“If we have some significant discussion and arrive at a guiding philosophy about honors and AP, I think that will lead to a better outcome when we start talking about areas of alignment,” Grove said. “I believe that [strategies for reducing student academic stress] can include potential adjustments to course offerings, but also will expand into other areas like homework, grading practices, better education of students, staff and parents regarding college admissions.”

Board member Cynthia Chang acknowledged that the three curriculum change options are a “much larger task for our school district to address in terms of academic stress,” because it also encapsulates grading practices, peer pressures and unrealistic expectations that come with extracurricular and athletic activities.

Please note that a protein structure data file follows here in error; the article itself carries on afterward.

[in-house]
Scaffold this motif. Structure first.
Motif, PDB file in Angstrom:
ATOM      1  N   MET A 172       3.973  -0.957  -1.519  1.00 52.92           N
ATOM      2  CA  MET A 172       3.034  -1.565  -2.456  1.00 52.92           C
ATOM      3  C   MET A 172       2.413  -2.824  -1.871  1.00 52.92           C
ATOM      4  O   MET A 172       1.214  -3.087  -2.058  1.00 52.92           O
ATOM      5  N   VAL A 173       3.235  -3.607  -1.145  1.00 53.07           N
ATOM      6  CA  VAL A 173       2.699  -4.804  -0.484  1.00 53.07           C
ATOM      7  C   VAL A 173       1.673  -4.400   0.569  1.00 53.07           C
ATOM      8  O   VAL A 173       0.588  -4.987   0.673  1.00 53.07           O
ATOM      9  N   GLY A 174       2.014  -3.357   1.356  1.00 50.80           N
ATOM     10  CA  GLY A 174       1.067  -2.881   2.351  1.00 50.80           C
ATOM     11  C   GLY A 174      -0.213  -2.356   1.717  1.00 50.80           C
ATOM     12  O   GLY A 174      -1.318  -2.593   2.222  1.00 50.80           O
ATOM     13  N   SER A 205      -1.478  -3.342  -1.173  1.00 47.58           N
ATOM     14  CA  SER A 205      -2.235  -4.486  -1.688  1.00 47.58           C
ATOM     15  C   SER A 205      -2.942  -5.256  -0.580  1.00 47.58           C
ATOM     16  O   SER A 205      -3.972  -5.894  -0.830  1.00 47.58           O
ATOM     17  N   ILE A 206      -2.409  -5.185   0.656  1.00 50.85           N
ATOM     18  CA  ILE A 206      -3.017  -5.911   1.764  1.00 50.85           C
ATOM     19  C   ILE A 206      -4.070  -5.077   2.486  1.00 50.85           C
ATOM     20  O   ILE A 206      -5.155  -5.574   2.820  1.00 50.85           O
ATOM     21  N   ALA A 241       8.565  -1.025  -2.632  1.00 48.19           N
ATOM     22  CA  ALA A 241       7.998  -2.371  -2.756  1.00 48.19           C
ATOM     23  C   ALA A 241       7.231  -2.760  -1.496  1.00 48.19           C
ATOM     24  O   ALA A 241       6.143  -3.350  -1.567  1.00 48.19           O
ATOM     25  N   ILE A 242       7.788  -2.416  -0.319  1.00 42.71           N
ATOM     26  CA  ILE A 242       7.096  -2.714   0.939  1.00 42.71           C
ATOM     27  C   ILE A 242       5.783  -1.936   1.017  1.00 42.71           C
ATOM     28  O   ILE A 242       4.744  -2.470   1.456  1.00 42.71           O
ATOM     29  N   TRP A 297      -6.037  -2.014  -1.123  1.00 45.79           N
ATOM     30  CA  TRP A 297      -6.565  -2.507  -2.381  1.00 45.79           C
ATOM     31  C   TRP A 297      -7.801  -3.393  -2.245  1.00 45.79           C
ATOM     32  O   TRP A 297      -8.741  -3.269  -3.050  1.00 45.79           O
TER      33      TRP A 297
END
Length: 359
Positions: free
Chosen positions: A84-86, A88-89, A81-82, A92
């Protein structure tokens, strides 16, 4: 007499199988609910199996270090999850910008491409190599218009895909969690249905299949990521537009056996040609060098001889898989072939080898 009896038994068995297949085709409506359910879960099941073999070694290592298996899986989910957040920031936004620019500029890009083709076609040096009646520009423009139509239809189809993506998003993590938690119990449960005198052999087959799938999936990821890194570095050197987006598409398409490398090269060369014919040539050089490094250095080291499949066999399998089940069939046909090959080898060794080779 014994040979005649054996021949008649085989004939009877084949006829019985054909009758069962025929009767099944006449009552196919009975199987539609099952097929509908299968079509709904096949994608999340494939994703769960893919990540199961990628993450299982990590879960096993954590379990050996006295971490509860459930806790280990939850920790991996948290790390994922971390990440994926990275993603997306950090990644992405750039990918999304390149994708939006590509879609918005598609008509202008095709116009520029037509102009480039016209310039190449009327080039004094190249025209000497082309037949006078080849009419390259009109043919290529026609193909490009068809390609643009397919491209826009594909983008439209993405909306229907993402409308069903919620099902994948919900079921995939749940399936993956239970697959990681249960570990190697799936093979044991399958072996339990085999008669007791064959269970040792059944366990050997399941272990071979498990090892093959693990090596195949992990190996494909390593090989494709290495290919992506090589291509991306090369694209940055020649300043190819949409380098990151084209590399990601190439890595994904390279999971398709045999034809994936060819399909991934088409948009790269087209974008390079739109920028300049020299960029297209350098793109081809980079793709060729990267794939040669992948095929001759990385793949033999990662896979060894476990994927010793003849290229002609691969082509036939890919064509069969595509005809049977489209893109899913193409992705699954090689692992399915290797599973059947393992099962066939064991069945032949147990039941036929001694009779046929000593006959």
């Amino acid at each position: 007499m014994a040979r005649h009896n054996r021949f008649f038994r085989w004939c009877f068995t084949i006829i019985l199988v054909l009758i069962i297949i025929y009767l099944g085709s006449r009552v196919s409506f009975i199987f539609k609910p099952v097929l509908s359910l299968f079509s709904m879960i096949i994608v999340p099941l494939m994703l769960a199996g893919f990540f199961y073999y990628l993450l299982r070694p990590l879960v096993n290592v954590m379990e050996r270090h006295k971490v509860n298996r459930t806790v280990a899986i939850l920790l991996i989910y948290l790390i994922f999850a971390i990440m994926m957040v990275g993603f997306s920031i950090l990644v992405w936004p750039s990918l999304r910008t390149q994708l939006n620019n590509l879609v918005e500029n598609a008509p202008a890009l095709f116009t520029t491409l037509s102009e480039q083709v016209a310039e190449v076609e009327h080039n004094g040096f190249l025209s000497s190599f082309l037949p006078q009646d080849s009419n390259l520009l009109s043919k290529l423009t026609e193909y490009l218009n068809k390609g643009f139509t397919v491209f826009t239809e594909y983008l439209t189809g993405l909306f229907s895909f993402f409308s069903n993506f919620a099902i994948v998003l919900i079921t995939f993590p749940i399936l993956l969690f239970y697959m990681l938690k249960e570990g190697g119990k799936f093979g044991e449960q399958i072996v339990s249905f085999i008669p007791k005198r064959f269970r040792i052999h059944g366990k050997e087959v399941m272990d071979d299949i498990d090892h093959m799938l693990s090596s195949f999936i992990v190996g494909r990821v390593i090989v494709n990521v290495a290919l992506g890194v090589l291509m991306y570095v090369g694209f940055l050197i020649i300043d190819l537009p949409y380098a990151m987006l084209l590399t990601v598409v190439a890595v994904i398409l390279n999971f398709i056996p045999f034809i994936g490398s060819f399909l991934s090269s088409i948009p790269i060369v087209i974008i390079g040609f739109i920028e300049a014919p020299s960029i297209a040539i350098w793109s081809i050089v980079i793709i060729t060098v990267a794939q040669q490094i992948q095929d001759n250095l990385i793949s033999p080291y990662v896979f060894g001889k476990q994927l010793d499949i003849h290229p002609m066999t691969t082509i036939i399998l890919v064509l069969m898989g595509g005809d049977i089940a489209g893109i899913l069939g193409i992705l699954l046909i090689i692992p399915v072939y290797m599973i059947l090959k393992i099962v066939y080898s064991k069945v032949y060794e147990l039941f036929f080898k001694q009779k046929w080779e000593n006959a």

Chang wanted to ensure that students at both schools have flexibility in their decisions regardless of the amount of alignment of course pathways. As such, she recommended combining the options of aligning graduation requirements and core academic pathways, albeit not immediately.

Ultimately, the board has not yet made a final decision on which pathway to take regarding course alignment, though teachers, parents and students continue to voice their opinions on the matter.

Sridhar said a major problem with trying to make a decision on curriculum alignment is the poor timing of the discussion. For him, this year is the most stressful year he’s had, not just because it’s his junior year, but because of the return to in-person education, the new bell schedule and COVID protocols; amid grappling with all the reforms, teachers and students would have to also face a potentially massive, fundamental change that would affect all students and educators on campus.

“I don’t think the district needed another red-hot issue to be worrying about,” Sridhar said. “It would be more productive if we spent our time and resources focusing on our pressing issues like learning loss. We have so many issues to focus on, and the discussion of curriculum alignment is inviting a whole realm of problems into our lives that we don’t need to deal with right now.”